i liked your thought provoking post belinda!

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24 Christine October 12, 2010 at 9:45 am

I’m searching for some in my life. I’ve found a few online, in quite suprising ways. Each has made a difference to me. That’s what ,in my opinion, makes a hero. A person who makes a difference for another. We’re trying to raise our boys not to idolize fictional heroes, but it’s an imperfect balance to be had. There are some decent to be learned from fictional heroes. As there are from real heroes.

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25 The Exception October 12, 2010 at 10:53 am

I wrote on heroes a while back inspired by Jay who wrote on the same subject. The topic always reminds me of a TV show when I was little “Greatest American Hero.” Just a normal guy; the average person – and a hero. I know heroes with great abs and killer smiles as I know heroes that are working through living fully a life with ALS. I know a 10 year old hero who reminds me of laughter and butterfly strength and grace and my dad, my hero, who has learned to come to terms with cancer (that it isn’t personal) and is living… And I am my own hero (and I have posted on my sexy hero outfits too! 😉 )
I have come to learn that a hero is someone who recognizes the roundness of their peg and the beauty of their journey… and stays true to it while also recognizing the shape and beauty of those around them.

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26 ayo October 12, 2010 at 12:57 pm

hello belinda
how are you?
i absolutely love spiderman (till date) infact i used to draw cartoon/comic characters and wish i had super powers sadly the fairy didnt grant it.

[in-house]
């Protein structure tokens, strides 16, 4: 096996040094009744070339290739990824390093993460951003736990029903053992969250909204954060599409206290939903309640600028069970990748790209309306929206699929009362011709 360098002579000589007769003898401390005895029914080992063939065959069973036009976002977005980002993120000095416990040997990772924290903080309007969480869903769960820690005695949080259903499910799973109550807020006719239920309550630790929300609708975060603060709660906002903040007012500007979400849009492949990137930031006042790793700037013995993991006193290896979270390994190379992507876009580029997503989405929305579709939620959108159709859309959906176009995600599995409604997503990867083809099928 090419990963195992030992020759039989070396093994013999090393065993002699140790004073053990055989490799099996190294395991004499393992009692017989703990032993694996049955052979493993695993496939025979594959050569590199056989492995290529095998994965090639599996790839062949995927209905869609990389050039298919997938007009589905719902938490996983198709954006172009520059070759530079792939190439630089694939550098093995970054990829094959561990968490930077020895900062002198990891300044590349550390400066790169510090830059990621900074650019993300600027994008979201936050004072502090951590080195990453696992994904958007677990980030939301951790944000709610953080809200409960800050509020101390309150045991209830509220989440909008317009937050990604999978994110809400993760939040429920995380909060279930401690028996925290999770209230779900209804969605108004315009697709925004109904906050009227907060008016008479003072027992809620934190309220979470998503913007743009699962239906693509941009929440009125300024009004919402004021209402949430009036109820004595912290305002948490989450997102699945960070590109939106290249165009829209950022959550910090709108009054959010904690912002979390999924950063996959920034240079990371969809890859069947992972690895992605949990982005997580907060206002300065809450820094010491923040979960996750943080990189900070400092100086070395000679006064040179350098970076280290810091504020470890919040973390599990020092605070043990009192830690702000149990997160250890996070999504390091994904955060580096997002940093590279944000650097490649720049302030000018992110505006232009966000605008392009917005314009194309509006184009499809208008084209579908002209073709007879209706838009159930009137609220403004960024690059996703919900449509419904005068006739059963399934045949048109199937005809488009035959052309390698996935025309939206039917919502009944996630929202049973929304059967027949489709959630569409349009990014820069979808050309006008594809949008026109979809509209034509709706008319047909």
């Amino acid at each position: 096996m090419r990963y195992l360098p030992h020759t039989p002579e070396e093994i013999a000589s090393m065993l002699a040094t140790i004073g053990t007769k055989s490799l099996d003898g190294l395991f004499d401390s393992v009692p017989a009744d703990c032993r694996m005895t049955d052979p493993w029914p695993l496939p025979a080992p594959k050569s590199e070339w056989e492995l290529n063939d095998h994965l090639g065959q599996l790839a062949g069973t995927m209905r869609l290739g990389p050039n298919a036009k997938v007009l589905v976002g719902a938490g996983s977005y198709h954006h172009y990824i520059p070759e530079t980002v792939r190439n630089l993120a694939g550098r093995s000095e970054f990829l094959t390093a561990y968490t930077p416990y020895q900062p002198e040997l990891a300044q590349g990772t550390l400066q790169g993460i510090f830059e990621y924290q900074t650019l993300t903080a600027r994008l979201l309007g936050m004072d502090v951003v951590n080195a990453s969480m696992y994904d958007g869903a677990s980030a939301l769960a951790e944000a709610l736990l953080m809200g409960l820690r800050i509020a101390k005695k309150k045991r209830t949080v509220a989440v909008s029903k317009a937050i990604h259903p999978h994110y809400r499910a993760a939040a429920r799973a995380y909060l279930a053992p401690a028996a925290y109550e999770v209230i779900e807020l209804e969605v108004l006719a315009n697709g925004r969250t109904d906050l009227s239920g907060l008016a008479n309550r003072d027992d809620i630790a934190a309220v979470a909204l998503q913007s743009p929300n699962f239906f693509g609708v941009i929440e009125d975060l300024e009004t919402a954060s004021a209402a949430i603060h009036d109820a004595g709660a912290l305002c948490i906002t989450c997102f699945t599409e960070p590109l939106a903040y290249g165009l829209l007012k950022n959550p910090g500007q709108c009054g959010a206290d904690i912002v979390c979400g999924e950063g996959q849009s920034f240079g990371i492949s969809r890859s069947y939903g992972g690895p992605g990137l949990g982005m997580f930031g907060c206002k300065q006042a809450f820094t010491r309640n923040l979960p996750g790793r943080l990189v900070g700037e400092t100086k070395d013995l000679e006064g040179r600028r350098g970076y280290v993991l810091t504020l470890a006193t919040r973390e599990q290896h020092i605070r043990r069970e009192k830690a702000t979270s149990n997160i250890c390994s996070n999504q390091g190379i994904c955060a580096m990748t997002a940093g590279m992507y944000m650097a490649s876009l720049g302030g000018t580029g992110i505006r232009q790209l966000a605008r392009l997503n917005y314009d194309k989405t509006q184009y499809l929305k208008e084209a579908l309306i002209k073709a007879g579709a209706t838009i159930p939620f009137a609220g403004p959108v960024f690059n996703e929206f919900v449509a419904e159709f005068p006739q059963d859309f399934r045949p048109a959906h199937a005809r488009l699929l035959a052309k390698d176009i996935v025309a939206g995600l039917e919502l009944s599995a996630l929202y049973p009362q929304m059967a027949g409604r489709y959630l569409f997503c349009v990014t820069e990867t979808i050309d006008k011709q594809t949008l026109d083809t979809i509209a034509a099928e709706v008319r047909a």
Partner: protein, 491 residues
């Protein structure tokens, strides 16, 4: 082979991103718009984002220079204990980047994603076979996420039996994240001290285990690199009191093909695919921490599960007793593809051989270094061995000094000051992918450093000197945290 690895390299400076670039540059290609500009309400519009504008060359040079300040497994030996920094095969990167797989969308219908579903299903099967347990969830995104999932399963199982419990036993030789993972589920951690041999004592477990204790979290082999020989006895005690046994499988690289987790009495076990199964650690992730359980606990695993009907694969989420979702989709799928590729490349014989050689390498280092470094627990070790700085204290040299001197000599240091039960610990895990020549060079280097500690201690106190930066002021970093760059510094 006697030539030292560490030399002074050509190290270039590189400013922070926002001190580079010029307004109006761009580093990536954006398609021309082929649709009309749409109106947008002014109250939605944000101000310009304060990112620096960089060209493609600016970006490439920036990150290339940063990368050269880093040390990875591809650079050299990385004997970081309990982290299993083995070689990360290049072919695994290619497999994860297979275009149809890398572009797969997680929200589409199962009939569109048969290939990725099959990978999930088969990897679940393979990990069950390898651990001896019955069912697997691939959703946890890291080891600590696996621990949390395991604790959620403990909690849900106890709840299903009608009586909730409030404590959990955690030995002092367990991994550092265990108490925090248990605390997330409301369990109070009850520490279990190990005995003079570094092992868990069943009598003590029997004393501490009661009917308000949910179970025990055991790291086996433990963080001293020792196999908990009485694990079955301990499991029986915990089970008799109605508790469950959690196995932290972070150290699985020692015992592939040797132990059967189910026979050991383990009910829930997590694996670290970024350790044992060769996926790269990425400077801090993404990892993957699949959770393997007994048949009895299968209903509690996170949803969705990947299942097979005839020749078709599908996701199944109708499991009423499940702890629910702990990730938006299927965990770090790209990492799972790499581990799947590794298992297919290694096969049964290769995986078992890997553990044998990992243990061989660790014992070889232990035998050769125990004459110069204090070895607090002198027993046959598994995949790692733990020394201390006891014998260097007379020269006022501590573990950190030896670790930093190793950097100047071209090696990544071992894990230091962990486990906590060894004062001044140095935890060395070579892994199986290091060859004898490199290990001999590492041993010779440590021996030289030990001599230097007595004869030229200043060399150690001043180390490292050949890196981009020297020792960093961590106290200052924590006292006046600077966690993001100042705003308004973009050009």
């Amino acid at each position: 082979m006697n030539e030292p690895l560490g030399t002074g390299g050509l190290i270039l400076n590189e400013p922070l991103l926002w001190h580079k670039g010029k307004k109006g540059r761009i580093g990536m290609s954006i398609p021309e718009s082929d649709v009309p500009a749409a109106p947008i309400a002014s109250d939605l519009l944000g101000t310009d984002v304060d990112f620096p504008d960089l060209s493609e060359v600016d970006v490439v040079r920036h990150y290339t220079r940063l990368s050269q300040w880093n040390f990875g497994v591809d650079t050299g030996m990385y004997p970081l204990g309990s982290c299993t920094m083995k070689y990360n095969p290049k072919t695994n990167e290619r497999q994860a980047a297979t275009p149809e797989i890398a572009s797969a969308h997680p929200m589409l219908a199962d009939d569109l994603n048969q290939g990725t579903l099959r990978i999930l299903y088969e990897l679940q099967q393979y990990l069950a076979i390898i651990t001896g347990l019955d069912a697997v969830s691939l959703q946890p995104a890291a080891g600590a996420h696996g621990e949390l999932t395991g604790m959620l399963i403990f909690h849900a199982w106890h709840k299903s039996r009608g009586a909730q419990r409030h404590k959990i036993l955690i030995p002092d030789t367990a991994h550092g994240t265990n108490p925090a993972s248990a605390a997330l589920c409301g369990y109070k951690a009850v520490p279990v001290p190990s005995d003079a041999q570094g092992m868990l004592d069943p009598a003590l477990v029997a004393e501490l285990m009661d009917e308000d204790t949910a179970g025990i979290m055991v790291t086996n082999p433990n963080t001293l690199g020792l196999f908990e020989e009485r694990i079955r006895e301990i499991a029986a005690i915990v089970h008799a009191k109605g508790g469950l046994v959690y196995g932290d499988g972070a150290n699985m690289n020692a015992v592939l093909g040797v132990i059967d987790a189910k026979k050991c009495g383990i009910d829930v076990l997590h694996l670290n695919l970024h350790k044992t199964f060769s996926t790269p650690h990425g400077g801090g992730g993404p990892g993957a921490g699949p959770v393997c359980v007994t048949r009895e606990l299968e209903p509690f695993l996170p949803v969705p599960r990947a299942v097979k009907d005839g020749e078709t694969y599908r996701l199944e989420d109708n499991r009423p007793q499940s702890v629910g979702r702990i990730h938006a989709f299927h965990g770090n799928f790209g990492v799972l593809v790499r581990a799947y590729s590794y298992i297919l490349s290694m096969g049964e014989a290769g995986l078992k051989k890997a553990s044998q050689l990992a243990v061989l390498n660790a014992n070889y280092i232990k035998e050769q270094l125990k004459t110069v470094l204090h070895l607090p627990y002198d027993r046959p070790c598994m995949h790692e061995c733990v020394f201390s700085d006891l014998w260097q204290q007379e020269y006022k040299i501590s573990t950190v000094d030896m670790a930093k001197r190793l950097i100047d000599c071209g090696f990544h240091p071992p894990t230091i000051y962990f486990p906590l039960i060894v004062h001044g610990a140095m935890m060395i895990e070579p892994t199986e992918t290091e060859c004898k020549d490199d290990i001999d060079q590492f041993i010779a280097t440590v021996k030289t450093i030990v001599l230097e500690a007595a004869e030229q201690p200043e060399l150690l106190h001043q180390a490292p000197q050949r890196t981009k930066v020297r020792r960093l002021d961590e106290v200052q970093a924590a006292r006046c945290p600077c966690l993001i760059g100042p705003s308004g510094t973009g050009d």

anyway, there are a few people that serve as rolemodels, heroes or mentors in my life but in my current phase, it would have to be my dad.
at times we didnt get on but he was the best, he spent time with us and touched the hearts of people. he would go without in order for us to have what was neccessary and it’s something i’ve adopted. I remember tales from my mum of him him studying at university and working 2 jobs lol!!
he was a real gentleman despite our fall outs but that’s expected in any relationship. sadly he is no more but his memory, actions, warmth, love, behaviour, ethics lingers on.
take care and do have a lovely day.

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27 Patty - Why Not Start Now? October 12, 2010 at 11:21 pm

Hi Belinda – Oh yes, there are so many everyday heroes, all around us. I tend to think of my clients that way, in fact. People who take the courageous step of letting down their guard and looking within, yeah, that gets me every time. Even though it may seem like a stretch, I also think it makes the world a better place when we do that, because so often the experience leads not just to more self-understanding but to increased empathy for and understanding of all people. And although I’ve never been a big superhero fan, I must admit a strange fascination with the X-Men movies, perhaps because Patrick Stewart was the lead hero, all intellectual and brilliant rather than buff!

p.s. Love this line: “There is no six-pack sporting, tights-wearing, building-leaping hero to save the world from destruction.”

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28 Rudri October 15, 2010 at 8:08 am

This post allowed me to reflect on everyday heroes in my life. I have to say my father’s oncologist is an everyday hero for me. He tried and succeeded in giving my father hope and through his medical knowledge my father lived more years than anticipated. He did it with grace and without expectation. Grace in my eyes defines an everyday hero.